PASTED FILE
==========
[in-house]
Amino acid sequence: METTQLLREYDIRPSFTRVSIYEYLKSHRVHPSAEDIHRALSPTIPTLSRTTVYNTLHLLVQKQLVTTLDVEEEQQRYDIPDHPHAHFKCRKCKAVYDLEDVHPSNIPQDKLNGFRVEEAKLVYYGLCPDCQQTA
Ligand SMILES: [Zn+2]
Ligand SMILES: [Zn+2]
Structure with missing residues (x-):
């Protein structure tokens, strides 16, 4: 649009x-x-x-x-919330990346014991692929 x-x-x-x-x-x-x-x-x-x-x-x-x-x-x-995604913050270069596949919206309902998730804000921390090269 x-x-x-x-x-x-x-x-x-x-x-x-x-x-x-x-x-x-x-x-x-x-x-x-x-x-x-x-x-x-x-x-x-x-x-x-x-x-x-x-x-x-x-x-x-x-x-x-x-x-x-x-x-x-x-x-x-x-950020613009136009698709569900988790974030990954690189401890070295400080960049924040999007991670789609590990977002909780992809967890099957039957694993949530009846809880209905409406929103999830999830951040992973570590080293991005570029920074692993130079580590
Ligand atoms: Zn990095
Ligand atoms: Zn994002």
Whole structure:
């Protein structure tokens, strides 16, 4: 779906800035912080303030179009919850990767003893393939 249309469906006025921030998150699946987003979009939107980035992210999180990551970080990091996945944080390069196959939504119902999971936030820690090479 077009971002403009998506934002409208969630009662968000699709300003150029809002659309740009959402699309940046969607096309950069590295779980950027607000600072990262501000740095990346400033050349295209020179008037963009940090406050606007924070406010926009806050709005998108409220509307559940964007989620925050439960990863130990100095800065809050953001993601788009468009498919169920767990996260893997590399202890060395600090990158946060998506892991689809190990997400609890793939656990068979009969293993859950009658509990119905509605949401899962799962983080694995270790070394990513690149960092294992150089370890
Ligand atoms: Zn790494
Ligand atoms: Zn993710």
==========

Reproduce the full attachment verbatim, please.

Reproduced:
[in-house]
Amino acid sequence: METTQLLREYDIRPSFTRVSIYEYLKSHRVHPSAEDIHRALSPTIPTLSRTTVYNTLHLLVQKQLVTTLDVEEEQQRYDIPDHPHAHFKCRKCKAVYDLEDVHPSNIPQDKLNGFRVEEAKLVYYGLCPDCQQTA
Ligand SMILES: [Zn+2]
Ligand SMILES: [Zn+2]
Structure with missing residues (x-):
């Protein structure tokens, strides 16, 4: 649009x-x-x-x-919330990346014991692929 x-x-x-x-x-x-x-x-x-x-x-x-x-x-x-995604913050270069596949919206309902998730804000921390090269 x-x-x-x-x-x-x-x-x-x-x-x-x-x-x-x-x-x-x-x-x-x-x-x-x-x-x-x-x-x-x-x-x-x-x-x-x-x-x-x-x-x-x-x-x-x-x-x-x-x-x-x-x-x-x-x-x-x-950020613009136009698709569900988790974030990954690189401890070295400080960049924040999007991670789609590990977002909780992809967890099957039957694993949530009846809880209905409406929103999830999830951040992973570590080293991005570029920074692993130079580590
Ligand atoms: Zn990095
Ligand atoms: Zn994002």
Whole structure:
């Protein structure tokens, strides 16, 4: 779906800035912080303030179009919850990767003893393939 249309469906006025921030998150699946987003979009939107980035992210999180990551970080990091996945944080390069196959939504119902999971936030820690090479 077009971002403009998506934002409208969630009662968000699709300003150029809002659309740009959402699309940046969607096309950069590295779980950027607000600072990262501000740095990346400033050349295209020179008037963009940090406050606007924070406010926009806050709005998108409220509307559940964007989620925050439960990863130990100095800065809050953001993601788009468009498919169920767990996260893997590399202890060395600090990158946060998506892991689809190990997400609890793939656990068979009969293993859950009658509990119905509605949401899962799962983080694995270790070394990513690149960092294992150089370890
Ligand atoms: Zn790494
Ligand atoms: Zn993710």